Why there is no equivalence between the ‘hijab’ situation in India and Iran

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Omer Ghazi

The death of 22-year-old Mahsa Amini has jolted the collective conscience of civil society across the globe. She was detained by the “morality” police in Iran because of her “immodest clothing”. Reportedly beaten by the police, she went into heart failure at the station and met her demise after being in a coma for two days. As her bereaved father put it, she was killed for two strands of hair.

Massive protests following her death are seeing violent clashes with Iran’s security forces with at least 75 civilians losing their lives and many more sustaining severe injuries. Women across Iran are publicly burning hijabs and cutting their hair as a protest against the draconian hijab laws in Iran and as a show of solidarity with Mahsa Amini’s cause. Iran Human Rights, an Oslo-based organization, reports that the street violence has spread to more than 80 towns and cities forcing the authorities to impose strict restrictions on the use of the internet in a bid to hamper large gatherings of the protesters.

Iran Has Seen Many Protests By Women

This is not the first time that anti-hijab and anti-establishment protesters have hit the streets in Iran. Since the Islamic Revolution in 1979, women in Iran are mandated by law to wear a headscarf at all times in public, failing which they invite huge penalties, imprisonment, or extreme physical abuse, dubbed “re-education” by the morality police.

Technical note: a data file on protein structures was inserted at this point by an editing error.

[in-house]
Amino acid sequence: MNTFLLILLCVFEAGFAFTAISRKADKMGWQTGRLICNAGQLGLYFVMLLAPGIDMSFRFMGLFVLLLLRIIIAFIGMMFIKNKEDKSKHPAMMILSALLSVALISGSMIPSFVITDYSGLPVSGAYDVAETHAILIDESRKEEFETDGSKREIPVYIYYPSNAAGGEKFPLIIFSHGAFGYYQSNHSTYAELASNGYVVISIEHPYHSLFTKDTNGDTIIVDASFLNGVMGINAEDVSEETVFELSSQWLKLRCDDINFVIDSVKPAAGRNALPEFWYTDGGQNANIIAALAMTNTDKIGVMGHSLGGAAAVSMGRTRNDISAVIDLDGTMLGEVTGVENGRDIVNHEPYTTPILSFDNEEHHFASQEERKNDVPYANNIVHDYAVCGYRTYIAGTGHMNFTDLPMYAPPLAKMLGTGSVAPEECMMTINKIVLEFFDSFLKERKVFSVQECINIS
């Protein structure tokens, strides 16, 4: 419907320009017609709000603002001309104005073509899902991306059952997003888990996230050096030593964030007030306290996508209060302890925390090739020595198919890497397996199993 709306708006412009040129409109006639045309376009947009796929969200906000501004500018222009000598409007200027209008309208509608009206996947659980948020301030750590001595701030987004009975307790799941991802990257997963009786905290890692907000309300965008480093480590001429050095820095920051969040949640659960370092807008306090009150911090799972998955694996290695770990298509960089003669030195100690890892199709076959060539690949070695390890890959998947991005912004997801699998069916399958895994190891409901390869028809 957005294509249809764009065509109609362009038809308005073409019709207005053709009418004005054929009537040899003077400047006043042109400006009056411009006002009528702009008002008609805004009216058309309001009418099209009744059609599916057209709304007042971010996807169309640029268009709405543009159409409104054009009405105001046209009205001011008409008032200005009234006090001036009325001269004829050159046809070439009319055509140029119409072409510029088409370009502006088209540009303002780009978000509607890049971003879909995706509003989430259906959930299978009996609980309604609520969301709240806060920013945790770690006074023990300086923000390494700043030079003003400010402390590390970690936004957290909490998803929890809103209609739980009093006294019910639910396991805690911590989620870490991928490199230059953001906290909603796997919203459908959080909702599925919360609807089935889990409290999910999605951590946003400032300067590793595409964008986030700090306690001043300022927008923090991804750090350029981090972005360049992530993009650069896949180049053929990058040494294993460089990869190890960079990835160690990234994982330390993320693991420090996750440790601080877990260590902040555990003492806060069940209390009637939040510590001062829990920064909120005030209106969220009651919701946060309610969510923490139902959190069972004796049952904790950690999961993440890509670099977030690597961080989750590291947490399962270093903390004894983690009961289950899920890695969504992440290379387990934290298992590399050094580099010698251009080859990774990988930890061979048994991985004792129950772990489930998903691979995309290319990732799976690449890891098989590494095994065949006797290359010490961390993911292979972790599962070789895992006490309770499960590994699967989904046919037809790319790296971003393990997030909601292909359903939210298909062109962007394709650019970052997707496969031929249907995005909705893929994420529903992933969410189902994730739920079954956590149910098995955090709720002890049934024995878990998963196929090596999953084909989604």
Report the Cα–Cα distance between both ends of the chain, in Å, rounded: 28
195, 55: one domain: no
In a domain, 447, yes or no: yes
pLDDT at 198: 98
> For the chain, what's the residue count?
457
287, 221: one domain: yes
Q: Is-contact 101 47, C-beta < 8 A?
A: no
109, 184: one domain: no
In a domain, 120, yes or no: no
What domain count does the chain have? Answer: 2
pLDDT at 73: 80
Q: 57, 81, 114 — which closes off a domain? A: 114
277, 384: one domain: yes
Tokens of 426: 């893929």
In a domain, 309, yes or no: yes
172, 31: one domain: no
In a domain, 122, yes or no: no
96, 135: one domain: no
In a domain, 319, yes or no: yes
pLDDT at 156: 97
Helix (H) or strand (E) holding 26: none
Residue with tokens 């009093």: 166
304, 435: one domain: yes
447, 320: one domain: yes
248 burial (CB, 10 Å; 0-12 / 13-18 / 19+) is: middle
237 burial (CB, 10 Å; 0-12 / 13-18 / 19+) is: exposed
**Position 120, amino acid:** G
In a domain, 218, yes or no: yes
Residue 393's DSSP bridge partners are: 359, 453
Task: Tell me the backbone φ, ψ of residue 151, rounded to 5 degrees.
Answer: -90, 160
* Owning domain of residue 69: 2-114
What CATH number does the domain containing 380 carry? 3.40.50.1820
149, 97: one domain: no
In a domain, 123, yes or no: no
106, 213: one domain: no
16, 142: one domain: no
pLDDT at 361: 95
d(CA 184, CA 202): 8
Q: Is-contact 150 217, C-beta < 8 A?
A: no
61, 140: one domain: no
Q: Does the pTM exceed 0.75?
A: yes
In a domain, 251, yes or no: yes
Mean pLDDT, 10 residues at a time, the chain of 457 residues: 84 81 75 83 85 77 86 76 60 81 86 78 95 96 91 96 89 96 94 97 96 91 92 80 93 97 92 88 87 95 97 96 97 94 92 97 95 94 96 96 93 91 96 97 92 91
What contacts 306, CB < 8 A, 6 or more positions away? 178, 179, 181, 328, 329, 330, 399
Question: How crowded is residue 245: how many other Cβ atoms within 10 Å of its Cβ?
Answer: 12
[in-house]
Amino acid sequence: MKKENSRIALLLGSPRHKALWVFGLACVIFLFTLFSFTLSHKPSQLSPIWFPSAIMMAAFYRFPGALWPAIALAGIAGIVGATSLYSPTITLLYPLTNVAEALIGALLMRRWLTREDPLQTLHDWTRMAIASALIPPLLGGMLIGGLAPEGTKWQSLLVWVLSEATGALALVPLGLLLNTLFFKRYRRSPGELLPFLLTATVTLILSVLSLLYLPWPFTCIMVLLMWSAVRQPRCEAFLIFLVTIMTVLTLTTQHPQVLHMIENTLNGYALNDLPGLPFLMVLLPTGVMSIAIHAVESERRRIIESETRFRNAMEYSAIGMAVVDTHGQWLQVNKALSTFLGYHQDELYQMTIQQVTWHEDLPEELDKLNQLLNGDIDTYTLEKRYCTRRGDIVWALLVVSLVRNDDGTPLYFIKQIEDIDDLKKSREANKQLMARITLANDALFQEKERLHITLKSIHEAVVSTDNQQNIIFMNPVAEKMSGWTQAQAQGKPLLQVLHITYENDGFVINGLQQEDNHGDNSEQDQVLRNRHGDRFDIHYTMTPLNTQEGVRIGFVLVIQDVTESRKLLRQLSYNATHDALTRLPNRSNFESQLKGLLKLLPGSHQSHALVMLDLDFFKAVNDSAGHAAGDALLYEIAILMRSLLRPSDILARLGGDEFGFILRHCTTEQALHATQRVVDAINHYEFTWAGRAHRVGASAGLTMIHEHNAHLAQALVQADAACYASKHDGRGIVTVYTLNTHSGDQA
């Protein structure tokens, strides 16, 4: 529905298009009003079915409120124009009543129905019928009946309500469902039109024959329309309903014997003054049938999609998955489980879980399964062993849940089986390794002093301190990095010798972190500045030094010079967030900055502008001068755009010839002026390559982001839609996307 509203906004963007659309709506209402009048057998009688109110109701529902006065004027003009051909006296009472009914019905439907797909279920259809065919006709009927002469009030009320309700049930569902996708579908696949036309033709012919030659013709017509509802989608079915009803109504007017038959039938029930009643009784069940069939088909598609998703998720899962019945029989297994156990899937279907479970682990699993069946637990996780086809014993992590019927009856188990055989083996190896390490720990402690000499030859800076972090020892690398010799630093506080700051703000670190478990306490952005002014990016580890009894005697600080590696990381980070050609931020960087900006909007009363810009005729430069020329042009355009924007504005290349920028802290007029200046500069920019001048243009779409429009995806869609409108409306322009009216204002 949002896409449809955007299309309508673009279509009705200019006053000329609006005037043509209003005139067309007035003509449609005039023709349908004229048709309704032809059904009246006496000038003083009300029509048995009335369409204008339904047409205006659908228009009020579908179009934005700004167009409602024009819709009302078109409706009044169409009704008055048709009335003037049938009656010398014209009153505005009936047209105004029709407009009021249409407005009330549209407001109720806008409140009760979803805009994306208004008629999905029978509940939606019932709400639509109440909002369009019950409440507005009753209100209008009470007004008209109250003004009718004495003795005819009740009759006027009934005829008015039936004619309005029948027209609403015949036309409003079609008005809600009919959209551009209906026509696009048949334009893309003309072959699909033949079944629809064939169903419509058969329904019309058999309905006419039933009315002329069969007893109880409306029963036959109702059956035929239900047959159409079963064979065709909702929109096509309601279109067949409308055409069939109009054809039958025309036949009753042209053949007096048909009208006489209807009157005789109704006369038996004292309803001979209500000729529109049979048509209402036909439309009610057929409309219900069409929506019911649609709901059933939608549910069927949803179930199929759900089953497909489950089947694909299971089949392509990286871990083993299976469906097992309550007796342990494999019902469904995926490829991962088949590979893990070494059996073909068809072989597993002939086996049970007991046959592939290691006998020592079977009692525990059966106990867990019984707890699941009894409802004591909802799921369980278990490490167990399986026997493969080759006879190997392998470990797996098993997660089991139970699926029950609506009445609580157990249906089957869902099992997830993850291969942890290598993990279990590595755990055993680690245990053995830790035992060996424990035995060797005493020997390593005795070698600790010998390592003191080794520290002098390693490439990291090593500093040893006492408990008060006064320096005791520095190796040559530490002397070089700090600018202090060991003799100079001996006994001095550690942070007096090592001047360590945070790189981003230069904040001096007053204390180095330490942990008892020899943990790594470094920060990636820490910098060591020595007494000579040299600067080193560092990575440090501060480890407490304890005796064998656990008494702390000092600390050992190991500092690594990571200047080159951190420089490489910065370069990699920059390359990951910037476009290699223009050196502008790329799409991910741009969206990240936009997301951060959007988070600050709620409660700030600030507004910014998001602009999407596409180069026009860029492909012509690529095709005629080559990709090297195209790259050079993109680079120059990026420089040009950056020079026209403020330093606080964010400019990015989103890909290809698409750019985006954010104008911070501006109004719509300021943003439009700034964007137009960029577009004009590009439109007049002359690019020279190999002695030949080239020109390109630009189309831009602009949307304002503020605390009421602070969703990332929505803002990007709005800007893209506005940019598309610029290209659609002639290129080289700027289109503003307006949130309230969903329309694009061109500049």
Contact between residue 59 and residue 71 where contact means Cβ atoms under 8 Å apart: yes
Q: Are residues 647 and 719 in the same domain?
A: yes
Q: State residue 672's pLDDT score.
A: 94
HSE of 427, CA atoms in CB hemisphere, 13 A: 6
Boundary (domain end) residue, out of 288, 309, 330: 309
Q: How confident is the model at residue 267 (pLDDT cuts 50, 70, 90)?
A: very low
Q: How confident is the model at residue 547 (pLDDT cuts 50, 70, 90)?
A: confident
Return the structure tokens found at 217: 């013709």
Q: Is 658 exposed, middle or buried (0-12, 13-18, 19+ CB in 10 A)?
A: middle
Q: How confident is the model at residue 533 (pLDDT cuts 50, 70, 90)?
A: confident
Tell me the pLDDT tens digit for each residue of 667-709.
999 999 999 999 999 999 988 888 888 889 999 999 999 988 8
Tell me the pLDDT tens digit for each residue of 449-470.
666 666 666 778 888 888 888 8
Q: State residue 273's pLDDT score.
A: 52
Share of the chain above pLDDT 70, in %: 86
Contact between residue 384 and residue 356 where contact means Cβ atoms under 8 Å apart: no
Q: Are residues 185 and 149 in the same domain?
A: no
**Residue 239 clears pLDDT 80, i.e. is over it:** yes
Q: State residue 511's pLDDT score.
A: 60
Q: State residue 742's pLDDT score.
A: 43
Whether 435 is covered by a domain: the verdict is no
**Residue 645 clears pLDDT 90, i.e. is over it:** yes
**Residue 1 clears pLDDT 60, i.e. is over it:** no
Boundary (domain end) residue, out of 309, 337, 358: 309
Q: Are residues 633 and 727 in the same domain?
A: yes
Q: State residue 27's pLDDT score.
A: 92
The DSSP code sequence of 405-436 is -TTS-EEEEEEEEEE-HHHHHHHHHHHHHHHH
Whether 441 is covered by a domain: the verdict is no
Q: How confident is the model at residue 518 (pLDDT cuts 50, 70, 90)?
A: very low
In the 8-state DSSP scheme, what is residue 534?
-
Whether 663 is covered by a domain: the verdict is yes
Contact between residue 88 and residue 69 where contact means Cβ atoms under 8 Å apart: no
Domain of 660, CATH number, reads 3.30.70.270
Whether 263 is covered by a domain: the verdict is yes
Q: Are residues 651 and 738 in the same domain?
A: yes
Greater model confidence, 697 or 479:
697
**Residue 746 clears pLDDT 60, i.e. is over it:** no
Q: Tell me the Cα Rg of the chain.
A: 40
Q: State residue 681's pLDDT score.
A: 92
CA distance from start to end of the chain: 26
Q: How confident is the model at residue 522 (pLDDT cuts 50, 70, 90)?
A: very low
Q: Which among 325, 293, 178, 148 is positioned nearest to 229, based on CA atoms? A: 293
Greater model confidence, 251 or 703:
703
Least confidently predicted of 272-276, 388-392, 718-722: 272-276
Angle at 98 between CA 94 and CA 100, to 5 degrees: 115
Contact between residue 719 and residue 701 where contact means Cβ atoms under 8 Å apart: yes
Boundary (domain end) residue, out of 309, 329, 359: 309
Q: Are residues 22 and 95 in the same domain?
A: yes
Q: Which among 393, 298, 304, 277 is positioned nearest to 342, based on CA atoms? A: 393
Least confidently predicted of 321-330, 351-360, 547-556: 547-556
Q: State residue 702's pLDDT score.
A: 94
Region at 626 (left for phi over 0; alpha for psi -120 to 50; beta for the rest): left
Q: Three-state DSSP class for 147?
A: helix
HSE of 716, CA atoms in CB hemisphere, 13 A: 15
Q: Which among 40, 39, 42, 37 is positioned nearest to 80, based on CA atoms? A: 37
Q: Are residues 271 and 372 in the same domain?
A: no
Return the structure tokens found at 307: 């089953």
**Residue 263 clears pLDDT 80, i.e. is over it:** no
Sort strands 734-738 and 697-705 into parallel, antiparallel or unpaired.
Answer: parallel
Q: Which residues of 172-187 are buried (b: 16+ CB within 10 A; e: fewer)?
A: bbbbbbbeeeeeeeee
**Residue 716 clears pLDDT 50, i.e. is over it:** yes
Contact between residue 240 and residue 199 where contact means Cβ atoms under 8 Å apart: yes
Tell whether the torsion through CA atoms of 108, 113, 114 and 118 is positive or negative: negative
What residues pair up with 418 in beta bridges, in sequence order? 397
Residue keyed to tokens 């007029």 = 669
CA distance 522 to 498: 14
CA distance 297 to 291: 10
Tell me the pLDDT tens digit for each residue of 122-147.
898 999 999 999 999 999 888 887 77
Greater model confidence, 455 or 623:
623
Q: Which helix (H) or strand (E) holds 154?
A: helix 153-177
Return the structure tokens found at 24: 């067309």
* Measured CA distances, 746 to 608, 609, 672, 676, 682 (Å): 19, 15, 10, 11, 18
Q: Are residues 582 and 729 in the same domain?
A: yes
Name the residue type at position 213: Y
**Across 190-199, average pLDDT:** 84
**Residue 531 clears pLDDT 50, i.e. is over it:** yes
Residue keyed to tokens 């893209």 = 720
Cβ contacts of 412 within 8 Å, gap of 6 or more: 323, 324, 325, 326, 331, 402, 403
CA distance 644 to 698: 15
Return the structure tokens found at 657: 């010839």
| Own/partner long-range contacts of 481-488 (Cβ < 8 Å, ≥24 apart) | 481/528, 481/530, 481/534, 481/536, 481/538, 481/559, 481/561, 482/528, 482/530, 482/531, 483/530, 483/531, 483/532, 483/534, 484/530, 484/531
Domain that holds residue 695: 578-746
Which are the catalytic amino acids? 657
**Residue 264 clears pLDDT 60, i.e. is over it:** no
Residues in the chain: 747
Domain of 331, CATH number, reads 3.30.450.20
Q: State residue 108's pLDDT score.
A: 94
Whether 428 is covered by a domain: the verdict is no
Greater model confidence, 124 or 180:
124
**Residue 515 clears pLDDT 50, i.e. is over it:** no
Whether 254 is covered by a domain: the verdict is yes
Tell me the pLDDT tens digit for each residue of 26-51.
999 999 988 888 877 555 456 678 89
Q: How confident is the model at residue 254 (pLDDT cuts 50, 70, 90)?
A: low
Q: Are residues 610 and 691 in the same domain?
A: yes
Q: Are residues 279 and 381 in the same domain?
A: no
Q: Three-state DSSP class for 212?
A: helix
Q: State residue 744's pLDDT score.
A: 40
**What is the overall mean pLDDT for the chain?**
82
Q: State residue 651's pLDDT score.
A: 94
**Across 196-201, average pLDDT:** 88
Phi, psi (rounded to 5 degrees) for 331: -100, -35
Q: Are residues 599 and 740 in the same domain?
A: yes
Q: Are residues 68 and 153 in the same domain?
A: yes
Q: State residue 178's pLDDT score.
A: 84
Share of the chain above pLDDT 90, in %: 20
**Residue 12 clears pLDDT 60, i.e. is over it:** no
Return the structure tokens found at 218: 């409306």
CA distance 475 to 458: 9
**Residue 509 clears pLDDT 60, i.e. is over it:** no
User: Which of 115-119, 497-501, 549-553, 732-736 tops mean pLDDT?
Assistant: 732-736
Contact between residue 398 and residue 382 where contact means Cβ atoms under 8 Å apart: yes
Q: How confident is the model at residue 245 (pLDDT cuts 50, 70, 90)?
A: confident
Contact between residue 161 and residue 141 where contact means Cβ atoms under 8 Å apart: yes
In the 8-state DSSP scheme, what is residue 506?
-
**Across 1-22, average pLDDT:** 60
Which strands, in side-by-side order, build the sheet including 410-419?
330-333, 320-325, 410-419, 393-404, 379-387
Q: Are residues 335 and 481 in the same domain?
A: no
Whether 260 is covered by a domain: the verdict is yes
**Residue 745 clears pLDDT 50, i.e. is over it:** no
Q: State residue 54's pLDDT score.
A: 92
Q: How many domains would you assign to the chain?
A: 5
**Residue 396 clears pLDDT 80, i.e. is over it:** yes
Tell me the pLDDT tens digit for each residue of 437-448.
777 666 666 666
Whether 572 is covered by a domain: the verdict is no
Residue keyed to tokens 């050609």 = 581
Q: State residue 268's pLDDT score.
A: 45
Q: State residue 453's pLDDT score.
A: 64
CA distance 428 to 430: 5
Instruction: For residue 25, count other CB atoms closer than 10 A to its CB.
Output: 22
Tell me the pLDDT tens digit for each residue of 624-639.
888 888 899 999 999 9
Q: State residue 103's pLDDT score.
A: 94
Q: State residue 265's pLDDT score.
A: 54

In December 2017, 31-year-old Vida Movahed was arrested for taking off and waving her scarf publicly, sparking widespread condemnation. Several women including Narges Hosseini, Azam Jangravi, Shaparak Shajarizadeh, Maryam Shariatmadari, and Hamraz Sadeghi emulated her gesture and faced extreme measures by the legal authorities. Islamic scholars like Seyyed Mehdi Tabatabaei have also observed that forcing hijab on people is against Islam and would have a reverse result.

The Indian social media and politically conscious spaces are brimming with post after post about how women are fighting for their right to wear hijab in India, while women are fighting for their right to not wear hijab in Iran, and, in both places, women are fighting oppression in some form.

This narrative denotes a myopic understanding of the situations in the two aforesaid countries. Should women have the choice to wear whatever they want? Yes. Is there anything remotely equivalent between the hijab situation in India and Iran? No.
Hijab Controversy In India

The hijab controversy in India was sparked when some Muslim students of a Junior College in Karnataka were denied entry on the grounds that their clothing was in violation of the college’s uniform policy.

First of all, the Muslim students in Karnataka are not fighting for their right to wear a “hijab” inside the premises, which is just a headscarf in addition to the college uniform. Since actions speak louder than words, it is evident that they are fighting for the right to wear a burqa and a niqab on campus, comprising a black full-body covering and a face veil, completely concealing the uniform and the identity of the student. The word “hijab” is being used to downplay the austerity of their demands.